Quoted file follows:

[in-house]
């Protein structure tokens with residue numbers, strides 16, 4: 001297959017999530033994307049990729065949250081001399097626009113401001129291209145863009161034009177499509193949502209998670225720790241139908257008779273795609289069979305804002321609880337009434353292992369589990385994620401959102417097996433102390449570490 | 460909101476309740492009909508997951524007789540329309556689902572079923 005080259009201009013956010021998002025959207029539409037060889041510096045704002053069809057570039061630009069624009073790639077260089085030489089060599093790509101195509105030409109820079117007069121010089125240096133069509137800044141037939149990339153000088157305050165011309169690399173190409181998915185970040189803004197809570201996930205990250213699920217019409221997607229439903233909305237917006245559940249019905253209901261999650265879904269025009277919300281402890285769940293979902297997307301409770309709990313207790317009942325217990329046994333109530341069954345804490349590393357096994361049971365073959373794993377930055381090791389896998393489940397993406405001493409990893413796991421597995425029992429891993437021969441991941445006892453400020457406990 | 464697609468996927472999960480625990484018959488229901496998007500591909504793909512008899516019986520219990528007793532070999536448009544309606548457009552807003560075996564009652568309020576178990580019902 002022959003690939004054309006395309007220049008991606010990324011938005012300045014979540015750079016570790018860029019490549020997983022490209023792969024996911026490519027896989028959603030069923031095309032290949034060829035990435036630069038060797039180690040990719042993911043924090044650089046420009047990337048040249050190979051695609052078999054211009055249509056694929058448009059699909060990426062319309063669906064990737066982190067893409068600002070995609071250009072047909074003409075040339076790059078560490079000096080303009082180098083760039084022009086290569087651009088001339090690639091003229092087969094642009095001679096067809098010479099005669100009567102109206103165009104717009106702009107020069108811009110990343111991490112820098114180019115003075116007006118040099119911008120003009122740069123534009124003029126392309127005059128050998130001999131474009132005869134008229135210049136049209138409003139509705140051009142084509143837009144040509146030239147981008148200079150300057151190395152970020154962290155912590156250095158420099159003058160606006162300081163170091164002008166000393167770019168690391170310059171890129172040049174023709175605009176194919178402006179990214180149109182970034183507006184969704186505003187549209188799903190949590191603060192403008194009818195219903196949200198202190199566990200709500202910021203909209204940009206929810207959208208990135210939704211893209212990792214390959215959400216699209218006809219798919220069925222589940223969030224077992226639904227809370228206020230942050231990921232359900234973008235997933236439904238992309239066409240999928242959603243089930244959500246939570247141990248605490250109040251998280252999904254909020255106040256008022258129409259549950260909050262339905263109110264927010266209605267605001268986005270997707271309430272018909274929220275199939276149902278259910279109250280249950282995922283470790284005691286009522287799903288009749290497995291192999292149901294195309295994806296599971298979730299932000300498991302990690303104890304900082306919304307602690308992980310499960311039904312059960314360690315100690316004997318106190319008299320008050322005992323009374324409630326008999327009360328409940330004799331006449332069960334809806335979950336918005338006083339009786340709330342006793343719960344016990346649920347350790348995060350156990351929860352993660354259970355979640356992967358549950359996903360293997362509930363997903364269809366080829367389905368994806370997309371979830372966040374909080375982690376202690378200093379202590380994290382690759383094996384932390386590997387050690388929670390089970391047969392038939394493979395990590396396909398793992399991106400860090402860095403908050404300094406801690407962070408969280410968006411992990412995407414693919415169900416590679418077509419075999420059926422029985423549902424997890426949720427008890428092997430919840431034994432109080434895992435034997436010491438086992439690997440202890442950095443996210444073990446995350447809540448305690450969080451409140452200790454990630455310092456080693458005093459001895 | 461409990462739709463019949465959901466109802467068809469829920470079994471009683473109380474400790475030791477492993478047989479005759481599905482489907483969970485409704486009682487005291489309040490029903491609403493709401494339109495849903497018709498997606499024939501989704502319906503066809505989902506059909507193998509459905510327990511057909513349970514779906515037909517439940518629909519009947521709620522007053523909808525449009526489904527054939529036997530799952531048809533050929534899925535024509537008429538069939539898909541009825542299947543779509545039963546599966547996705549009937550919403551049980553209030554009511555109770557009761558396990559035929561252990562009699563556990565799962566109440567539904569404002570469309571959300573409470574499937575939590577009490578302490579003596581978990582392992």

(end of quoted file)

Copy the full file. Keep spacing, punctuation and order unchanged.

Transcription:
[in-house]
């Protein structure tokens with residue numbers, strides 16, 4: 001297959017999530033994307049990729065949250081001399097626009113401001129291209145863009161034009177499509193949502209998670225720790241139908257008779273795609289069979305804002321609880337009434353292992369589990385994620401959102417097996433102390449570490 | 460909101476309740492009909508997951524007789540329309556689902572079923 005080259009201009013956010021998002025959207029539409037060889041510096045704002053069809057570039061630009069624009073790639077260089085030489089060599093790509101195509105030409109820079117007069121010089125240096133069509137800044141037939149990339153000088157305050165011309169690399173190409181998915185970040189803004197809570201996930205990250213699920217019409221997607229439903233909305237917006245559940249019905253209901261999650265879904269025009277919300281402890285769940293979902297997307301409770309709990313207790317009942325217990329046994333109530341069954345804490349590393357096994361049971365073959373794993377930055381090791389896998393489940397993406405001493409990893413796991421597995425029992429891993437021969441991941445006892453400020457406990 | 464697609468996927472999960480625990484018959488229901496998007500591909504793909512008899516019986520219990528007793532070999536448009544309606548457009552807003560075996564009652568309020576178990580019902 002022959003690939004054309006395309007220049008991606010990324011938005012300045014979540015750079016570790018860029019490549020997983022490209023792969024996911026490519027896989028959603030069923031095309032290949034060829035990435036630069038060797039180690040990719042993911043924090044650089046420009047990337048040249050190979051695609052078999054211009055249509056694929058448009059699909060990426062319309063669906064990737066982190067893409068600002070995609071250009072047909074003409075040339076790059078560490079000096080303009082180098083760039084022009086290569087651009088001339090690639091003229092087969094642009095001679096067809098010479099005669100009567102109206103165009104717009106702009107020069108811009110990343111991490112820098114180019115003075116007006118040099119911008120003009122740069123534009124003029126392309127005059128050998130001999131474009132005869134008229135210049136049209138409003139509705140051009142084509143837009144040509146030239147981008148200079150300057151190395152970020154962290155912590156250095158420099159003058160606006162300081163170091164002008166000393167770019168690391170310059171890129172040049174023709175605009176194919178402006179990214180149109182970034183507006184969704186505003187549209188799903190949590191603060192403008194009818195219903196949200198202190199566990200709500202910021203909209204940009206929810207959208208990135210939704211893209212990792214390959215959400216699209218006809219798919220069925222589940223969030224077992226639904227809370228206020230942050231990921232359900234973008235997933236439904238992309239066409240999928242959603243089930244959500246939570247141990248605490250109040251998280252999904254909020255106040256008022258129409259549950260909050262339905263109110264927010266209605267605001268986005270997707271309430272018909274929220275199939276149902278259910279109250280249950282995922283470790284005691286009522287799903288009749290497995291192999292149901294195309295994806296599971298979730299932000300498991302990690303104890304900082306919304307602690308992980310499960311039904312059960314360690315100690316004997318106190319008299320008050322005992323009374324409630326008999327009360328409940330004799331006449332069960334809806335979950336918005338006083339009786340709330342006793343719960344016990346649920347350790348995060350156990351929860352993660354259970355979640356992967358549950359996903360293997362509930363997903364269809366080829367389905368994806370997309371979830372966040374909080375982690376202690378200093379202590380994290382690759383094996384932390386590997387050690388929670390089970391047969392038939394493979395990590396396909398793992399991106400860090402860095403908050404300094406801690407962070408969280410968006411992990412995407414693919415169900416590679418077509419075999420059926422029985423549902424997890426949720427008890428092997430919840431034994432109080434895992435034997436010491438086992439690997440202890442950095443996210444073990446995350447809540448305690450969080451409140452200790454990630455310092456080693458005093459001895 | 461409990462739709463019949465959901466109802467068809469829920470079994471009683473109380474400790475030791477492993478047989479005759481599905482489907483969970485409704486009682487005291489309040490029903491609403493709401494339109495849903497018709498997606499024939501989704502319906503066809505989902506059909507193998509459905510327990511057909513349970514779906515037909517439940518629909519009947521709620522007053523909808525449009526489904527054939529036997530799952531048809533050929534899925535024509537008429538069939539898909541009825542299947543779509545039963546599966547996705549009937550919403551049980553209030554009511555109770557009761558396990559035929561252990562009699563556990565799962566109440567539904569404002570469309571959300573409470574499937575939590577009490578302490579003596581978990582392992």